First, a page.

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Business Management

Better than Sliced Bread?

Disruptive technology, ACES and disruptive economics



A rock pile ceases to be a rock pile the moment a single man contemplates it, bearing within him the image of a cathedral.

– Antoine de Saint-Exupery

In 1910, you sliced bread at home, crookedly, with a knife. Fortunately, inventor Otto Rohwedder saw a bread loaf as Saint-Exupery saw a rock pile. Rohwedder imagined a bread-slicing machine in 1910 and commenced to build one. Seven years in, he saw a fire destroy his startup factory, but his dream persisted. Finally, on July 7, 1928, the Chillicothe Baking Co. became the world’s first bakery to offer Rohwedder’s machine-sliced bread. As you know, the craze swept the country.

Rohwedder’s Mac-Roh Sales and Mfg. bread slicer – a disruptive technology to bakers who didn’t own one – transformed a common commodity into a sought-after necessity.

It happened with computer-cut signs in the ‘90s and more so, lately, with the ever-rising acceptance of digital printing.

Sirius XM satellite radio is presently experiencing disruptive-technology damage from iPhones. It has lost more then 400,000 customers (who would rather plug and play their iPhones) this year.


Sirius XM, apparently, didn’t see iPhones coming.

In his book, The Innovator’s Dilemma, Harvard Business School associate professor Clayton M. Christenson writes that good management is the most powerful reason companies fail to stay atop their industry. He quotes Sears as a classic example. Until recently, and although impeccably managed, Sears failed to see and embrace the big-box-store trend.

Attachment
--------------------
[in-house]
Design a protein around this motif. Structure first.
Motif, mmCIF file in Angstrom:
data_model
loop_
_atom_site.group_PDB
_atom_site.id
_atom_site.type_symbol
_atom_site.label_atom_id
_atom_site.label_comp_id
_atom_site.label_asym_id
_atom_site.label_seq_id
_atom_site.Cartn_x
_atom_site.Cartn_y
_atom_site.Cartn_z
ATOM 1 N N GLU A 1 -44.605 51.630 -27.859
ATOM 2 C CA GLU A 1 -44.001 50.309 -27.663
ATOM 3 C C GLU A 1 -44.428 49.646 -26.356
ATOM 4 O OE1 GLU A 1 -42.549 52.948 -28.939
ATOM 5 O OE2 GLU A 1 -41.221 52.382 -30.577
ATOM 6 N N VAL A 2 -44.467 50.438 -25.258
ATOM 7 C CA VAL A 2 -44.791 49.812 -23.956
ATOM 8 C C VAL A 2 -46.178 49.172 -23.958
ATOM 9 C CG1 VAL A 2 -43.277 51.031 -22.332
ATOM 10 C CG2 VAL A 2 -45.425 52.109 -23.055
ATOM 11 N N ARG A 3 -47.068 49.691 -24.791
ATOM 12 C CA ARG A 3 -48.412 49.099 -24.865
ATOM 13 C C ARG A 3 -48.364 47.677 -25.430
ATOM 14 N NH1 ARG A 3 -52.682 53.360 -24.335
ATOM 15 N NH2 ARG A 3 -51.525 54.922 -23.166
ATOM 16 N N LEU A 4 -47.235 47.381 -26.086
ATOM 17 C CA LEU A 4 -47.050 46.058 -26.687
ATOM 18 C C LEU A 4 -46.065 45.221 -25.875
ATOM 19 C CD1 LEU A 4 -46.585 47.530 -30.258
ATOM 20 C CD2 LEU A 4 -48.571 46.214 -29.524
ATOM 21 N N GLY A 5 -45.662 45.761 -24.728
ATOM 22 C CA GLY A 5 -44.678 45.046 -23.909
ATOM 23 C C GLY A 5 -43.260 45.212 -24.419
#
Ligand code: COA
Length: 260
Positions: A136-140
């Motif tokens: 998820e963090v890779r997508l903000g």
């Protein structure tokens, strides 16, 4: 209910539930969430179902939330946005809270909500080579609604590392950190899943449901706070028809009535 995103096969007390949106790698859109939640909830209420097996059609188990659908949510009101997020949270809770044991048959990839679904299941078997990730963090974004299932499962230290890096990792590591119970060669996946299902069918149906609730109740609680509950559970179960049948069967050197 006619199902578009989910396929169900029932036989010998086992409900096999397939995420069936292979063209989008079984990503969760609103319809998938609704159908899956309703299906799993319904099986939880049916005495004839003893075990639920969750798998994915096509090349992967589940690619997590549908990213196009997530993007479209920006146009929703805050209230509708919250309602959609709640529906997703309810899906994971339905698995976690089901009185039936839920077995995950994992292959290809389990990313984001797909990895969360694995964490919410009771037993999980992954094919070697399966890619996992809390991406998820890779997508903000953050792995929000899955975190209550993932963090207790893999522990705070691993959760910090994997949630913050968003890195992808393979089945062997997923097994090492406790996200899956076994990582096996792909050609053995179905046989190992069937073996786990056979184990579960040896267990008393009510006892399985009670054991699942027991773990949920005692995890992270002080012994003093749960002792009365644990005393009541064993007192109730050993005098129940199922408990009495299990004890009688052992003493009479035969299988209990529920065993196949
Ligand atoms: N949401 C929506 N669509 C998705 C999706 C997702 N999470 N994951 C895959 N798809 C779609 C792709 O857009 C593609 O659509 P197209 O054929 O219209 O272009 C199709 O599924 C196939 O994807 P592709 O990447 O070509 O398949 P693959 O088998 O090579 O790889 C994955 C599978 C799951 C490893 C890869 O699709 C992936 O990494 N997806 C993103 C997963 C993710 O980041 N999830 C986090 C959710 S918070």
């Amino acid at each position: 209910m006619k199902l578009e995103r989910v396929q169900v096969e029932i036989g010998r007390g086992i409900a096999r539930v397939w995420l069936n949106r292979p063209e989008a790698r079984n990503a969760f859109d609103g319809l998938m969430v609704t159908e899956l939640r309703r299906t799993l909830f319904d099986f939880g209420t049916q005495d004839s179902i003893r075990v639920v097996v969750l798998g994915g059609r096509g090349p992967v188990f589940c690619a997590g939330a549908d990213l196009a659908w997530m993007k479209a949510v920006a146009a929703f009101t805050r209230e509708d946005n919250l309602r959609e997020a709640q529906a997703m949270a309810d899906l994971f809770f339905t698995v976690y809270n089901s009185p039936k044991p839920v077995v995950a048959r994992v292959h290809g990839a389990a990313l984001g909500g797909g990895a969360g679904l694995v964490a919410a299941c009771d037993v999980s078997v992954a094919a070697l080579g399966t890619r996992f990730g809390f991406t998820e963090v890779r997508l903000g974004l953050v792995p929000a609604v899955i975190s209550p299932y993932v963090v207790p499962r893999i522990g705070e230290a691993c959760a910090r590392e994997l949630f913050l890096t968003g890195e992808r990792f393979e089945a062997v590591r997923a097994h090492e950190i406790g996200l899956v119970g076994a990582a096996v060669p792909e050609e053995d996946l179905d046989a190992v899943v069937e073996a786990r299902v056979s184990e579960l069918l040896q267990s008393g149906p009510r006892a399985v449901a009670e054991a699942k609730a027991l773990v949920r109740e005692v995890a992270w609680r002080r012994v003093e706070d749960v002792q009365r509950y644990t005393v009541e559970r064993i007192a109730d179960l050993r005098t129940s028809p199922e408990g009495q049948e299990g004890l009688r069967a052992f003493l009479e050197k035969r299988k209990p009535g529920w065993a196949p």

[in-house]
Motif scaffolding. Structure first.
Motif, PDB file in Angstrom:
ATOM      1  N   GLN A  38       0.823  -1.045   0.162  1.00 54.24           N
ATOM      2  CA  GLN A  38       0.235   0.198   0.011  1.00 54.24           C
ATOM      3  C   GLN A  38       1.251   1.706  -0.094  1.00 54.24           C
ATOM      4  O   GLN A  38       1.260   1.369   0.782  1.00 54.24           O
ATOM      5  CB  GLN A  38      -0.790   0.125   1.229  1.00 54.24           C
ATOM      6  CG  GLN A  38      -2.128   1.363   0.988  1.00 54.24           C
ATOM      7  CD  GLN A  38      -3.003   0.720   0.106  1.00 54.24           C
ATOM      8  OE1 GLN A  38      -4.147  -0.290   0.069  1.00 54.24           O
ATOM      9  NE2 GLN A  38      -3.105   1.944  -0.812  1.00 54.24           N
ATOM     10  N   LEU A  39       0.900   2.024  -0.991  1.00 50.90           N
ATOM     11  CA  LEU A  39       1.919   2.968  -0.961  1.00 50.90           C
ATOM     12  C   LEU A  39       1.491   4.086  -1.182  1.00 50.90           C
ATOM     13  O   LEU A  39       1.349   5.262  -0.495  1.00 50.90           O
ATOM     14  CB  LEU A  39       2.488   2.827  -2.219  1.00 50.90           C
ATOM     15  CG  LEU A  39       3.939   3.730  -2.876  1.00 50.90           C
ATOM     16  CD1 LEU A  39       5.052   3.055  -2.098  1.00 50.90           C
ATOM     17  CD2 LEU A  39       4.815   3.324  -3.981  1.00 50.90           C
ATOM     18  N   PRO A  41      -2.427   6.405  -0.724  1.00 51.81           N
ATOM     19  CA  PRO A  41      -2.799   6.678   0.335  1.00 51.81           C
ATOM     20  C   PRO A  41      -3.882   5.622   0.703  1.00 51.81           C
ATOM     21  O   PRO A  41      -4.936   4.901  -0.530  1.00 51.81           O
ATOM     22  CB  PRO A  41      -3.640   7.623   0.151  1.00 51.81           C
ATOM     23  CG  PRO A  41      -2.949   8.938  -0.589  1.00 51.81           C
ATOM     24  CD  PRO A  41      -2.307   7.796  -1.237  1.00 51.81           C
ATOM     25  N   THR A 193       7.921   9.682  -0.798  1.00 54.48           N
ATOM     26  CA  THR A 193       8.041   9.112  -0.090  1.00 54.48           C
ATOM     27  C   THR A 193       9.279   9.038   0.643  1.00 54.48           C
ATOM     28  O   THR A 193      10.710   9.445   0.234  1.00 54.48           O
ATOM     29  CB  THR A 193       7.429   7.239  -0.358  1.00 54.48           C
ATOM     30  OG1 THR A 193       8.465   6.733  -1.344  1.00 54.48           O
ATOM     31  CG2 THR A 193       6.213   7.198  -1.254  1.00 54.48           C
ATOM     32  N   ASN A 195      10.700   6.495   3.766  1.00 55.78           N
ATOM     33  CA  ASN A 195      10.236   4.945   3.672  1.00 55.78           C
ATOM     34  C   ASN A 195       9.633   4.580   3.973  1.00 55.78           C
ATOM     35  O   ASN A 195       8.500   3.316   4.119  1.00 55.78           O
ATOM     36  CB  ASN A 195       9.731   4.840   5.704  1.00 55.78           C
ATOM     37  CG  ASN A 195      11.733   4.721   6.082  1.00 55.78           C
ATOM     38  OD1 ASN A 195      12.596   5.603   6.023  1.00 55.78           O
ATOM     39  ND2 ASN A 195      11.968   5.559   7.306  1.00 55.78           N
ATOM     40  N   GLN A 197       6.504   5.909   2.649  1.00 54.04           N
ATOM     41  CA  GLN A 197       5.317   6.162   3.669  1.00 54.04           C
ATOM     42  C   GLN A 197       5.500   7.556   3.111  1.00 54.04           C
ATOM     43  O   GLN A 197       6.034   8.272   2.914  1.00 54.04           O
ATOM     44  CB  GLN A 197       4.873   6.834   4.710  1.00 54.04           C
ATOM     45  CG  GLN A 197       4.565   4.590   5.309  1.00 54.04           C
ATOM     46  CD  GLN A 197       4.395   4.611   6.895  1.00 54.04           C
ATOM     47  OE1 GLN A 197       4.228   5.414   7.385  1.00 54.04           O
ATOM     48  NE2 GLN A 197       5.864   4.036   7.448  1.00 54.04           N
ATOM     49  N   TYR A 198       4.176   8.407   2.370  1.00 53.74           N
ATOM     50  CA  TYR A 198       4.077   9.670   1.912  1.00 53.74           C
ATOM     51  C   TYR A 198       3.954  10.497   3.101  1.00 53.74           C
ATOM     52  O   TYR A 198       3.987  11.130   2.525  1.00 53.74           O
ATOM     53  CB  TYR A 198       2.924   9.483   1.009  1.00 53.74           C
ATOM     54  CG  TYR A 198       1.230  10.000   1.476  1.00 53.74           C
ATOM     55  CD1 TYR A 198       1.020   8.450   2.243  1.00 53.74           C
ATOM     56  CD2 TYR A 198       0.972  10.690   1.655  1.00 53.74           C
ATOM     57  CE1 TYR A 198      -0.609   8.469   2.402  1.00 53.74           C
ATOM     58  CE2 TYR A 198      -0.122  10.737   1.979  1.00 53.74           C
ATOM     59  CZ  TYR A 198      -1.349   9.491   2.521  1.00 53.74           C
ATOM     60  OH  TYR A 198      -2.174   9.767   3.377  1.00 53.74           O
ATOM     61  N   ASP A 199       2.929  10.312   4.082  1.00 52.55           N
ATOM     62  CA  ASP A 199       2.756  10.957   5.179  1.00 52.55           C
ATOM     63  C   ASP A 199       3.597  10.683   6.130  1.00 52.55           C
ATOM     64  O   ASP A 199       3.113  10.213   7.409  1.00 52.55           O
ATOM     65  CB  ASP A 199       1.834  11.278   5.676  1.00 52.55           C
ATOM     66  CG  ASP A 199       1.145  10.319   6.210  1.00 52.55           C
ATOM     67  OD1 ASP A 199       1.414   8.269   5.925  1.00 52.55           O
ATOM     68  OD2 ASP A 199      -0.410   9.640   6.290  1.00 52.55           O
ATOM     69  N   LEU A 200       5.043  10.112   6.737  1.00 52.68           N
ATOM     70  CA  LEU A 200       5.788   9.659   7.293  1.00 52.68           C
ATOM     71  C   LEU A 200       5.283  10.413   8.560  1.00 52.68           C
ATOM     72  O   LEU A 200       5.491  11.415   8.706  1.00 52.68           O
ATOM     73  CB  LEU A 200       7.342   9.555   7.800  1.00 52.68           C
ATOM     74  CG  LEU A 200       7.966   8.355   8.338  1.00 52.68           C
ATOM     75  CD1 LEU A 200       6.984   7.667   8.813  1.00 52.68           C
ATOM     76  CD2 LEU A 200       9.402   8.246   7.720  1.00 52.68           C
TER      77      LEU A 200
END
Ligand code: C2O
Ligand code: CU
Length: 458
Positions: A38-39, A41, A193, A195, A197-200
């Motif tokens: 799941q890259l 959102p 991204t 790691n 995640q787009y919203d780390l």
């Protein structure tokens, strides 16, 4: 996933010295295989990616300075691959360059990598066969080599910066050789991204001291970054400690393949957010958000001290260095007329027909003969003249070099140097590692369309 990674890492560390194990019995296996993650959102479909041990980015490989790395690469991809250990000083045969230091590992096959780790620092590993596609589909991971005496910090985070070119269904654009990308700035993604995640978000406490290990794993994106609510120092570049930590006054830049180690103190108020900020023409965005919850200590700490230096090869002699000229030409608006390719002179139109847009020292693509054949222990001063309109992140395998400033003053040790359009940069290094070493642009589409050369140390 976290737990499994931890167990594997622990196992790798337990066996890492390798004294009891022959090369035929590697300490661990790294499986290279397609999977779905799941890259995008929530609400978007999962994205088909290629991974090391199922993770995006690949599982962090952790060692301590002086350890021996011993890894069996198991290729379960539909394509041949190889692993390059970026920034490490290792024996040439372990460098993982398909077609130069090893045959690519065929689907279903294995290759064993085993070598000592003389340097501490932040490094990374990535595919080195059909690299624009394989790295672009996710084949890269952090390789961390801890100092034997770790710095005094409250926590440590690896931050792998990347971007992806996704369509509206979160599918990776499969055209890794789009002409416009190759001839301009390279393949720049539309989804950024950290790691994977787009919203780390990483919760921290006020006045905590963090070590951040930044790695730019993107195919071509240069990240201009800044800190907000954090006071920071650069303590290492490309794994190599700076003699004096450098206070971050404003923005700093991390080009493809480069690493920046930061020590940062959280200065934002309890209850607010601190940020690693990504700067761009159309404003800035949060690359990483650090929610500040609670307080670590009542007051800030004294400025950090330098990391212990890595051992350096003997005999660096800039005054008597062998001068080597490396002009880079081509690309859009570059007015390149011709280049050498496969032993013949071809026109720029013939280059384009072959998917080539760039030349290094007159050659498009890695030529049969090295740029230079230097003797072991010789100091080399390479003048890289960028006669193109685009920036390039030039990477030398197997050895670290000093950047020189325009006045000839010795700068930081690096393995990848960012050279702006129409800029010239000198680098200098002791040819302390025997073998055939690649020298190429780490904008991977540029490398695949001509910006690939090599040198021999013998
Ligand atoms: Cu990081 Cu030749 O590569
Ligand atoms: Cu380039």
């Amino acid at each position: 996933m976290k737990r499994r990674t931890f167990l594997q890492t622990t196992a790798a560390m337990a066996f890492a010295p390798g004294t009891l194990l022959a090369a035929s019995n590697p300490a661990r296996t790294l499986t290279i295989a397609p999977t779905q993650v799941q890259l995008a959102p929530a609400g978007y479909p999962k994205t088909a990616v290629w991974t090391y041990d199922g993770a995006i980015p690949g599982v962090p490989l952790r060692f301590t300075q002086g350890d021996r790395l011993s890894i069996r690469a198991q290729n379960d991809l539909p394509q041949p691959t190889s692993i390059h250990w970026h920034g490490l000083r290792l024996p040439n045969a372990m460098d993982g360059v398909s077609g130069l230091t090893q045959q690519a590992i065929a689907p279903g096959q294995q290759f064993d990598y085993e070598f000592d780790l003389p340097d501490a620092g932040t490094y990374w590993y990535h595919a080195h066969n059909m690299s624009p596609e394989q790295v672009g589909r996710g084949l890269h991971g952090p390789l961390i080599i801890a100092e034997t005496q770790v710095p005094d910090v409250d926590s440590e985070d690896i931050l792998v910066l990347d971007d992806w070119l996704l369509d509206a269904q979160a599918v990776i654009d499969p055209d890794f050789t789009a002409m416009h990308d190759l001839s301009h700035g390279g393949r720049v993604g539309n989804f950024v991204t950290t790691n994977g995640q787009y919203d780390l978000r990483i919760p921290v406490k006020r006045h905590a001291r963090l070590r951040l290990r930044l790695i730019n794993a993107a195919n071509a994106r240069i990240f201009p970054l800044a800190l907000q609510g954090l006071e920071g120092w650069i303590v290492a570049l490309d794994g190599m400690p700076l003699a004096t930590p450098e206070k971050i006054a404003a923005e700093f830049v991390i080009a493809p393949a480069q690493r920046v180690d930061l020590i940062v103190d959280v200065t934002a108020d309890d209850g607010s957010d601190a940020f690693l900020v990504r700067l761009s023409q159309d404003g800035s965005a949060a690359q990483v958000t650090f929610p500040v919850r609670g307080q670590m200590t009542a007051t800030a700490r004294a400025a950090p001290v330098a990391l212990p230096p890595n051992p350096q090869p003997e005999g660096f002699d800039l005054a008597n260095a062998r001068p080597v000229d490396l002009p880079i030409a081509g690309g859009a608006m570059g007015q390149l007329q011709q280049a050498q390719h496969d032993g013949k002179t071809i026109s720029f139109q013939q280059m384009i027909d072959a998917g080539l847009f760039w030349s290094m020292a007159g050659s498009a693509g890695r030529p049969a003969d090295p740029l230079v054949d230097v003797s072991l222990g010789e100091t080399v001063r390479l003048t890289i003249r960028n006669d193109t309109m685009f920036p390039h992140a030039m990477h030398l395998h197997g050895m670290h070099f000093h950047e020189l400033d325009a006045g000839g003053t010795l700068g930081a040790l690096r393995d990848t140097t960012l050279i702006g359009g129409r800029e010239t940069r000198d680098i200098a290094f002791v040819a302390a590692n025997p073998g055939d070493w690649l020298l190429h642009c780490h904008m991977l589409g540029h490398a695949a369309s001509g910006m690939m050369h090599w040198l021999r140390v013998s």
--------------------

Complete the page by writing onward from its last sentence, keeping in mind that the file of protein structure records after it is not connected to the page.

Christenson wrote, “It’s precisely because such firms listen to their customers, [and] invest aggressively in new technologies that bring their customers more and better products of the sort they wanted, and because they carefully studied market trends and systematically allocated investment capital to innovations that provided the best returns, they lost their position of leadership” (my italics).

Christenson said many, widely accepted principals are only situationally appropriate. He said you shouldn’t always listen to your customers. And, it’s okay for businesses to invest in developing lower-performance products that promise lower margins. He also assured readers that it’s acceptable to pursue small, rather than substantial, markets.

Business owners, in hard times, are often advised to explore innovative ideas and revenue sources, but they also need to search for unidentified liabilities, such as disruptive technologies and, today, disruptive economics.

One such disruptive economic factor may be the American Clean Energy and Security Act of 2009 (ACES), aka the Waxman-Markey comprehensive energy bill (HR 2454). Congressmen Henry A. Waxman (D-CA) and Edward J. Markey (D-MA) presented the bill. A congressional report said ACES is, “…a cap-and-trade global-warming reduction plan designed to reduce economy-wide greenhouse gas emissions 17% by 2020.”